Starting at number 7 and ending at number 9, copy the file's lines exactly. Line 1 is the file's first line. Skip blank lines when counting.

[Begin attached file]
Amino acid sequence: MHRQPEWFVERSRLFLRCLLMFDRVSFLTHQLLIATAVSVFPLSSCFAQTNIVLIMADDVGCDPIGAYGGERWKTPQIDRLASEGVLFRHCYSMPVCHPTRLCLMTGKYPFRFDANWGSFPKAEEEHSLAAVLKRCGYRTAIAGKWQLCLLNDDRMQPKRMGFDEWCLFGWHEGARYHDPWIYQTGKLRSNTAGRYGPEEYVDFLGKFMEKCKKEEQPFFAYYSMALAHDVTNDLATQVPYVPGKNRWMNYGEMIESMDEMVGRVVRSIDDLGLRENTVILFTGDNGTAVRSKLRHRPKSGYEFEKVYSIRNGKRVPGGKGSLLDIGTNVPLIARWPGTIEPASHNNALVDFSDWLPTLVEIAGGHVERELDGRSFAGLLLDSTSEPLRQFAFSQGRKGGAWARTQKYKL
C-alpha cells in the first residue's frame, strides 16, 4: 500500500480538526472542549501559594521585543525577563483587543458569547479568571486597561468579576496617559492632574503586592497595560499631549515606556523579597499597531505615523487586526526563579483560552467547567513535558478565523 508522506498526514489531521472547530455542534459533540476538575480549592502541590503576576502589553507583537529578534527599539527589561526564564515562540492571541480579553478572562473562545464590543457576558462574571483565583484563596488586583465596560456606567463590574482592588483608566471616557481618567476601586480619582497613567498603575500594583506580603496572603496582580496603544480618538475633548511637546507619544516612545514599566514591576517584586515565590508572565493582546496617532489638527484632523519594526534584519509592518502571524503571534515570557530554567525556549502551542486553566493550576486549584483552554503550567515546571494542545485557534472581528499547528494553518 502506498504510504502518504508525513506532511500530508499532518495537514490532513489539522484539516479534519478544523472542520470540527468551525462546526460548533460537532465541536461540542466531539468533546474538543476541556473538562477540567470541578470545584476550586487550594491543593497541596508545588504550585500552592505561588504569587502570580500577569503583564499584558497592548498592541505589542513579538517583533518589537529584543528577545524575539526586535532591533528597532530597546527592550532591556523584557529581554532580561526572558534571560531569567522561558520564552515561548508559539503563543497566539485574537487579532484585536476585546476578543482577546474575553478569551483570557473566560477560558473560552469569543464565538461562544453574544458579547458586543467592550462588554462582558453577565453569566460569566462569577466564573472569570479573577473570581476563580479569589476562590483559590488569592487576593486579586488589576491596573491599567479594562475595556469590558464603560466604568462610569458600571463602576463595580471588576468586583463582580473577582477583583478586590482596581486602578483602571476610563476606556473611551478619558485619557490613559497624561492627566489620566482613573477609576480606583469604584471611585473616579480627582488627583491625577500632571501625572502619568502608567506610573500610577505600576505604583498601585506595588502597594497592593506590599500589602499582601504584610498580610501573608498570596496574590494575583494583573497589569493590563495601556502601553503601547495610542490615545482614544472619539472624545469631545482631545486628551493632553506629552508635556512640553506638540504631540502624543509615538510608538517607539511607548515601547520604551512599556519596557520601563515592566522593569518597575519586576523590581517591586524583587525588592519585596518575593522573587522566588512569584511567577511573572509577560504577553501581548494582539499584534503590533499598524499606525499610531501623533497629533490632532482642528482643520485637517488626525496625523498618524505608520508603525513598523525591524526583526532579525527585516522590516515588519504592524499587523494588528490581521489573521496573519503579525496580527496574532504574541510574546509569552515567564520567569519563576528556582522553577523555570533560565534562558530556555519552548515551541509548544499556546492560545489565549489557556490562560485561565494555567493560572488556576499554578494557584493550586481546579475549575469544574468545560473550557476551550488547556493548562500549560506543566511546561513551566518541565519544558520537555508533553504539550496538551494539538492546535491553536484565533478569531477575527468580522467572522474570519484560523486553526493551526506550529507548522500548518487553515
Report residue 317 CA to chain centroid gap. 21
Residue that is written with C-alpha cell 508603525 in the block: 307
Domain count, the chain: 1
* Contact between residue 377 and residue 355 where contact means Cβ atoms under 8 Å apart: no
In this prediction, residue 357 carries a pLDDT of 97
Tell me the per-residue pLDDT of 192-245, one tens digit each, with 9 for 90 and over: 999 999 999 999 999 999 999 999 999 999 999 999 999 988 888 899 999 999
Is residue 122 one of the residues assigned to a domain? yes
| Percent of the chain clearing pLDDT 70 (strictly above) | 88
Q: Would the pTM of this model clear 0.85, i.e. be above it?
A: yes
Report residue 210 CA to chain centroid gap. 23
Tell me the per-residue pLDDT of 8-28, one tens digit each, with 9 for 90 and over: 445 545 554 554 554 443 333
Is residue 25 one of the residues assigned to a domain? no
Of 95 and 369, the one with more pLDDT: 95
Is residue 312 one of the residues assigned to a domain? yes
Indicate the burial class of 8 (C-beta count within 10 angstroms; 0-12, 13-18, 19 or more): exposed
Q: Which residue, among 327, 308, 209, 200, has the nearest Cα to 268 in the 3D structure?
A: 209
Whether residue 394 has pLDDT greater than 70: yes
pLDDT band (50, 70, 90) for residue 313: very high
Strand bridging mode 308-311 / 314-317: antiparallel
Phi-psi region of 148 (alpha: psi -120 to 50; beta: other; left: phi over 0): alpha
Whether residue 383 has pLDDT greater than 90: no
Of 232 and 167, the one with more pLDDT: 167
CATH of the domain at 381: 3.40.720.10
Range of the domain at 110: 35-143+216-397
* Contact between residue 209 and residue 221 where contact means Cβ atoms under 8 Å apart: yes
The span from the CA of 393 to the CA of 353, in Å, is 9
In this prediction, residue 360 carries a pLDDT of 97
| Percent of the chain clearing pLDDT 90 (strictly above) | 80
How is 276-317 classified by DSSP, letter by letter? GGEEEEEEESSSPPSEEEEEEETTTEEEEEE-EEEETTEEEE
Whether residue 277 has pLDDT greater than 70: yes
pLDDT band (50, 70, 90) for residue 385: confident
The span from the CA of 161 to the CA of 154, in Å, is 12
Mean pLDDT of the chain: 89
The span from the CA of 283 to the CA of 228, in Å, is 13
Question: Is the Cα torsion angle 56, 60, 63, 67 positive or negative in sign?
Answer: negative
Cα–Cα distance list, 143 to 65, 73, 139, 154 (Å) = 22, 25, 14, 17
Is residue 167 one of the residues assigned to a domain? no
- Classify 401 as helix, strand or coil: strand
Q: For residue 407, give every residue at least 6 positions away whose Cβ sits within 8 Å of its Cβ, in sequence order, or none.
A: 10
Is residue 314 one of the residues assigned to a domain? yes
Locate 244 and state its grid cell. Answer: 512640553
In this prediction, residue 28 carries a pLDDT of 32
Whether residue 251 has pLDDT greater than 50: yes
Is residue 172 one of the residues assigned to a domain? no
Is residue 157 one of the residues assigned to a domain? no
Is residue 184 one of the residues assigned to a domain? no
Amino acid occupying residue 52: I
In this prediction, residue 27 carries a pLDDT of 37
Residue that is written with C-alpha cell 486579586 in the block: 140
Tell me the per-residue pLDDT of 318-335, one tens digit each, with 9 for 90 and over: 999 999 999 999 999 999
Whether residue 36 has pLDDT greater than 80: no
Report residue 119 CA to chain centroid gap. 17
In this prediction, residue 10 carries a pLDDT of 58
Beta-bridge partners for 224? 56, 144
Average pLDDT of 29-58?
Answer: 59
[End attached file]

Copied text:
In this prediction, residue 357 carries a pLDDT of 97
Tell me the per-residue pLDDT of 192-245, one tens digit each, with 9 for 90 and over: 999 999 999 999 999 999 999 999 999 999 999 999 999 988 888 899 999 999
Is residue 122 one of the residues assigned to a domain? yes